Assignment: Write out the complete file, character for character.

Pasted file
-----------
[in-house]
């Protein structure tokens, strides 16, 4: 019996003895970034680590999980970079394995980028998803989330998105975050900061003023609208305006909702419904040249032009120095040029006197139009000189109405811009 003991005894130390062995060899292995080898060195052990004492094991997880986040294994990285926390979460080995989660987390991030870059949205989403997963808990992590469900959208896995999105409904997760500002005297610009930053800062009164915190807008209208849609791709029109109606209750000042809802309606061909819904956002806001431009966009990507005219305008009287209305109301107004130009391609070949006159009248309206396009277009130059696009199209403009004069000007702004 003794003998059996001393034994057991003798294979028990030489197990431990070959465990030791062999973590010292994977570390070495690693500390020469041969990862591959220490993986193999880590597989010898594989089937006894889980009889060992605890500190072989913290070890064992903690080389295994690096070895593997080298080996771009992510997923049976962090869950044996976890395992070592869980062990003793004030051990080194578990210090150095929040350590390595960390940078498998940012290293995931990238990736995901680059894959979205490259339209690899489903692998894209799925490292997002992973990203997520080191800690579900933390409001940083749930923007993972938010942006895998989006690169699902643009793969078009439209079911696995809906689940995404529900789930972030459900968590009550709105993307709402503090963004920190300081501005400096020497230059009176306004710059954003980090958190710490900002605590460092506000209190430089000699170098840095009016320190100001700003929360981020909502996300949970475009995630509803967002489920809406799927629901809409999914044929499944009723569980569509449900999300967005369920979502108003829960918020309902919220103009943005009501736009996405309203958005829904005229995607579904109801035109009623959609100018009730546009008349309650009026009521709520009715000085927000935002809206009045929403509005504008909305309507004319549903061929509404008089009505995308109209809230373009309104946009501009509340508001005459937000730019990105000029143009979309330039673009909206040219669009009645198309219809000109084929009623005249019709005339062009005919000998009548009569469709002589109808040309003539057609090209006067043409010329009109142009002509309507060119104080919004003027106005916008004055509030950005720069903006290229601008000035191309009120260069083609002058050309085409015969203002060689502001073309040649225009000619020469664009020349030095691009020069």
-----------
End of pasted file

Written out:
[in-house]
């Protein structure tokens, strides 16, 4: 019996003895970034680590999980970079394995980028998803989330998105975050900061003023609208305006909702419904040249032009120095040029006197139009000189109405811009 003991005894130390062995060899292995080898060195052990004492094991997880986040294994990285926390979460080995989660987390991030870059949205989403997963808990992590469900959208896995999105409904997760500002005297610009930053800062009164915190807008209208849609791709029109109606209750000042809802309606061909819904956002806001431009966009990507005219305008009287209305109301107004130009391609070949006159009248309206396009277009130059696009199209403009004069000007702004 003794003998059996001393034994057991003798294979028990030489197990431990070959465990030791062999973590010292994977570390070495690693500390020469041969990862591959220490993986193999880590597989010898594989089937006894889980009889060992605890500190072989913290070890064992903690080389295994690096070895593997080298080996771009992510997923049976962090869950044996976890395992070592869980062990003793004030051990080194578990210090150095929040350590390595960390940078498998940012290293995931990238990736995901680059894959979205490259339209690899489903692998894209799925490292997002992973990203997520080191800690579900933390409001940083749930923007993972938010942006895998989006690169699902643009793969078009439209079911696995809906689940995404529900789930972030459900968590009550709105993307709402503090963004920190300081501005400096020497230059009176306004710059954003980090958190710490900002605590460092506000209190430089000699170098840095009016320190100001700003929360981020909502996300949970475009995630509803967002489920809406799927629901809409999914044929499944009723569980569509449900999300967005369920979502108003829960918020309902919220103009943005009501736009996405309203958005829904005229995607579904109801035109009623959609100018009730546009008349309650009026009521709520009715000085927000935002809206009045929403509005504008909305309507004319549903061929509404008089009505995308109209809230373009309104946009501009509340508001005459937000730019990105000029143009979309330039673009909206040219669009009645198309219809000109084929009623005249019709005339062009005919000998009548009569469709002589109808040309003539057609090209006067043409010329009109142009002509309507060119104080919004003027106005916008004055509030950005720069903006290229601008000035191309009120260069083609002058050309085409015969203002060689502001073309040649225009000619020469664009020349030095691009020069």